Last year, EG resident Harold Ambler published an adaptation of Mary Shelley’s classic horror novel Frankenstein, updating the language to make the story once again one of gothic suspense to be enjoyed by readers young and old alike, just as it had been when it debuted more than 200 years ago. In particular, Ambler was aiming his adaptation for high school readers who might find the title on a required reading list.
Written by Shelley when she was just 21 years old in a contest with her husband, Percy Bysshe Shelley, and the poet Lord Byron, Frankenstein and its iconic, unnamed monster has inspired untold numbers of science-fiction writers (and movie makers). But 19th-century English novels are not exactly the rage these days, and gothic writing is, well, baroque.
Ambler’s adaptation began as a classroom exercise before becoming its own creation. Ambler had taught a junior year English class at Rocky Hill Country Day School, where Frankenstein was part of the required curriculum. A student of his had trouble following the pre-modern prose, so Ambler “translated” sections of the book for him. After the class ended, Ambler kept going and eventually worked through the entire novel.
His passion for sharing the novel is clear: “Shelley didn’t write Frankenstein to write a difficult book. That’s not the experience that she wished for her readers, for any of them.”
English writing style has changed a lot over the centuries. Now, if you ask students, Ambler says, “Most will tell you that Frankenstein was impenetrable. To me, that is a sadness, because it is so culturally rich.” His desire to give teachers and students the ability to access the novel in another way kept him going.
At first, Ambler saw his work primarily as a translation—he didn’t want to mix his words and Shelley’s. But as the project lengthened into years, “I started to think that there are words and phrases of Shelley that my students could have read if they were not embedded in impenetrable paragraphs,” he said. The result preserves 30 to 40 percent of Shelley’s original prose, with the idea that the updated vocabulary and simplified paragraphs would make those sections more accessible to readers.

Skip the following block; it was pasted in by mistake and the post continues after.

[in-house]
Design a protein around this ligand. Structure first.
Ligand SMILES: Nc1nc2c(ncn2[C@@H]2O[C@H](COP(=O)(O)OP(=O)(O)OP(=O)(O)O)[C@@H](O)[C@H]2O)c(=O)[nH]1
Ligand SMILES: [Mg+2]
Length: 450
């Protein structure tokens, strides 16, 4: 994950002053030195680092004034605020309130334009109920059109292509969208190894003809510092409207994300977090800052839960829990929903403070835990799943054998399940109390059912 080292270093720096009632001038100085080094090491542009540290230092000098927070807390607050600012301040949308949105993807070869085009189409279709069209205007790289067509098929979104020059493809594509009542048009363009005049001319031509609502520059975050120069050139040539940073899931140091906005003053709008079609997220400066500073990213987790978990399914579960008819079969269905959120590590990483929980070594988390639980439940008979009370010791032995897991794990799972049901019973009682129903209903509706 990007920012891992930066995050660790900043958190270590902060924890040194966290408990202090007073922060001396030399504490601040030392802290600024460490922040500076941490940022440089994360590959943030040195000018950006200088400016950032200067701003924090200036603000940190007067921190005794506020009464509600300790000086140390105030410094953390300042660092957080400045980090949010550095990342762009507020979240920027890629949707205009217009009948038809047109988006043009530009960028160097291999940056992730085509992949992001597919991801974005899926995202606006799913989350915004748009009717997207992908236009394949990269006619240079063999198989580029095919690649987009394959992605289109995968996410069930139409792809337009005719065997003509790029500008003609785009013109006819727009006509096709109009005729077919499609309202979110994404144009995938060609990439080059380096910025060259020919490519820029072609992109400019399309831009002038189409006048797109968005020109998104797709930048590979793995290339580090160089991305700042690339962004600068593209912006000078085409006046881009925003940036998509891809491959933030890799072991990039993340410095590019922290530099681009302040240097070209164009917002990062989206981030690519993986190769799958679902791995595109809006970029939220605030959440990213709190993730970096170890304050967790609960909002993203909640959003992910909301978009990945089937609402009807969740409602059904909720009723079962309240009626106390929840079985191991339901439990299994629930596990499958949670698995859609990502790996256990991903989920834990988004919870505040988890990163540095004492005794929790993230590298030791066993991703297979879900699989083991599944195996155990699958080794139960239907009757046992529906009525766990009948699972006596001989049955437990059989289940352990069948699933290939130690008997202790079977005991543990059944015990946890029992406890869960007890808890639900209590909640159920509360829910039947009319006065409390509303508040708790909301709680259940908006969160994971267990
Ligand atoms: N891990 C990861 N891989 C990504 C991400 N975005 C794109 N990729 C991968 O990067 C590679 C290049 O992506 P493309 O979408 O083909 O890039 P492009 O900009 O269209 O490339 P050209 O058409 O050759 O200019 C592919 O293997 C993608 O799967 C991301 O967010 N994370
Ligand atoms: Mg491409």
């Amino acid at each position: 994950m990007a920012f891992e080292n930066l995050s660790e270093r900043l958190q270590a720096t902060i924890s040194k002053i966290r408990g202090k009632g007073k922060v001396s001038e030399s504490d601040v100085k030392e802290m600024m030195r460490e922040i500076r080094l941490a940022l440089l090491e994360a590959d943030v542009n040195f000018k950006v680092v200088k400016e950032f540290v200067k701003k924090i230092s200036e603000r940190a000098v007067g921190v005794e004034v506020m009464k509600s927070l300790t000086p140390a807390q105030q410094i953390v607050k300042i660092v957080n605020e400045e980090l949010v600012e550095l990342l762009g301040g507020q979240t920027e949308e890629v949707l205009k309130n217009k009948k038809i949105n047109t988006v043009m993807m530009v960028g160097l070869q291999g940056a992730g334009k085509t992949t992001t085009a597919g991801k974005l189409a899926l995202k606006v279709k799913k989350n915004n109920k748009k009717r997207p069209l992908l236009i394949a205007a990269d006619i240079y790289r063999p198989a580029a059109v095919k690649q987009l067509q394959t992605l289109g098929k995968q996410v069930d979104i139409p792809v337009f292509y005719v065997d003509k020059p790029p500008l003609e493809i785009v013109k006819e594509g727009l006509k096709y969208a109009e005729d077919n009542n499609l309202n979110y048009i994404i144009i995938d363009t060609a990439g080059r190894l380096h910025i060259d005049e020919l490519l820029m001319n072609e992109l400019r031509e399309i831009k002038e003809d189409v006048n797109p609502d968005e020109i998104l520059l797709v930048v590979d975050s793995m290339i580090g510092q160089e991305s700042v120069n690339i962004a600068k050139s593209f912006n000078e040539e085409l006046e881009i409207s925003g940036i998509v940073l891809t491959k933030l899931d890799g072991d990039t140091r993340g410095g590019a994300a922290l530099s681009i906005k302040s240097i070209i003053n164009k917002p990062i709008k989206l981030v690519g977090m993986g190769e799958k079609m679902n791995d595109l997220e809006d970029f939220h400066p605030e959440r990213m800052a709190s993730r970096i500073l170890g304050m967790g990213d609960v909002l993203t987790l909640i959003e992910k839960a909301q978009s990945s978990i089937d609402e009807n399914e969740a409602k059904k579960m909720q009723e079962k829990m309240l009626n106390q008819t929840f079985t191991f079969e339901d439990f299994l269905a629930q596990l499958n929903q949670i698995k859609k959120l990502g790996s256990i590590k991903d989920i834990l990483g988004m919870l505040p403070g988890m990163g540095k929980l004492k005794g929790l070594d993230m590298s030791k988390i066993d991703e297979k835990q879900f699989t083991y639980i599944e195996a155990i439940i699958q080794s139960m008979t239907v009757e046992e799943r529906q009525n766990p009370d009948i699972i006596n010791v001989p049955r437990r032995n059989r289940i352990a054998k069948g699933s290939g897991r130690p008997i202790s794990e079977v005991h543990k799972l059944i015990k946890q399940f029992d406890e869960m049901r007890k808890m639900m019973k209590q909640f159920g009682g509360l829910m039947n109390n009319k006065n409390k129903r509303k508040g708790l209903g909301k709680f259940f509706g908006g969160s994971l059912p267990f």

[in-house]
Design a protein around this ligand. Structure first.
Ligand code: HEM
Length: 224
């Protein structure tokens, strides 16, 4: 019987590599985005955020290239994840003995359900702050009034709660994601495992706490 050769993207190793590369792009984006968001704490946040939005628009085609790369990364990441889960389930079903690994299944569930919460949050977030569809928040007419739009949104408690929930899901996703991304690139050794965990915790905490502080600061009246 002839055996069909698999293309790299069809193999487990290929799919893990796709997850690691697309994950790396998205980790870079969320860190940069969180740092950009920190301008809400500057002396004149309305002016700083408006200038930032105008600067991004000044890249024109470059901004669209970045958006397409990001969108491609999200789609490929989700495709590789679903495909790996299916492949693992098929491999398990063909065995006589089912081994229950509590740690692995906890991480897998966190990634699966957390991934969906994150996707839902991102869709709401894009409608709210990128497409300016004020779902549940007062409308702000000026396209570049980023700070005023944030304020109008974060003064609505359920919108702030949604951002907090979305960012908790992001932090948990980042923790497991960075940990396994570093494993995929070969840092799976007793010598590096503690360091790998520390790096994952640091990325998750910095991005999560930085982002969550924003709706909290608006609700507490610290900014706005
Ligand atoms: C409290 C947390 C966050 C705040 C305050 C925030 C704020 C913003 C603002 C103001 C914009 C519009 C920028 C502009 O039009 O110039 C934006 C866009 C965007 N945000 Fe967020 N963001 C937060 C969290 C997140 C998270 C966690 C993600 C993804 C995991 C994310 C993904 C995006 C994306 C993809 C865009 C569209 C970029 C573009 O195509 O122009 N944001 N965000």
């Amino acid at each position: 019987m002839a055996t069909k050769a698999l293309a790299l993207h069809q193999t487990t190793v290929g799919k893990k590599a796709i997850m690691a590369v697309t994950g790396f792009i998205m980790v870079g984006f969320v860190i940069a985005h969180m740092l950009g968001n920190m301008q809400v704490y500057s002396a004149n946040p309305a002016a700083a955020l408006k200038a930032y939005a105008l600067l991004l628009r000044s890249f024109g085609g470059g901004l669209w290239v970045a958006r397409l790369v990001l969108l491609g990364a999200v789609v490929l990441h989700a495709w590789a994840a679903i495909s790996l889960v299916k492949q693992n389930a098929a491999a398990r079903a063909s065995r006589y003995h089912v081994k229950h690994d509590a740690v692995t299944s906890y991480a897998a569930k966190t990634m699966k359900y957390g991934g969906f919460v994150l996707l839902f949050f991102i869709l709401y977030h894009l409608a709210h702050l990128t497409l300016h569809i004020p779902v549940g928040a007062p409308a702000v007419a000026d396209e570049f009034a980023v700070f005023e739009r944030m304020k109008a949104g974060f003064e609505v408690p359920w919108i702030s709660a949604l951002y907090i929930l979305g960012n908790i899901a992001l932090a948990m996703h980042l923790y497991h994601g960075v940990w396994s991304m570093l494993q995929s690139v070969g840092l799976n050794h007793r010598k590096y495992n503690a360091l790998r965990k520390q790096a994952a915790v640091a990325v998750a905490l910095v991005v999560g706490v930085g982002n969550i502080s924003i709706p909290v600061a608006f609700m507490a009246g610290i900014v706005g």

Ultimately, Frankenstein is still appealing today because of its almost modern depiction of human dilemmas. As Ambler explained, “This novel touches so many aspects of human experience. It mimics, consciously or not, plenty of women’s experiences of postpartum depression. What does Frankenstein do with his creation? He rejects it, and this yields all manner of tragedy and mayhem. It’s also an exploration of parent-child dynamics, this never-ending hide-and-seek. All the while, the central, undeniable focus is science and what is enchanting and horrifying about it.”
At a time when technology affects so much of our lives, Ambler believes Frankenstein still has lots to say to us.
If you are interested in a copy of Ambler’s adaptation of Frankenstein, copies are available on Amazon.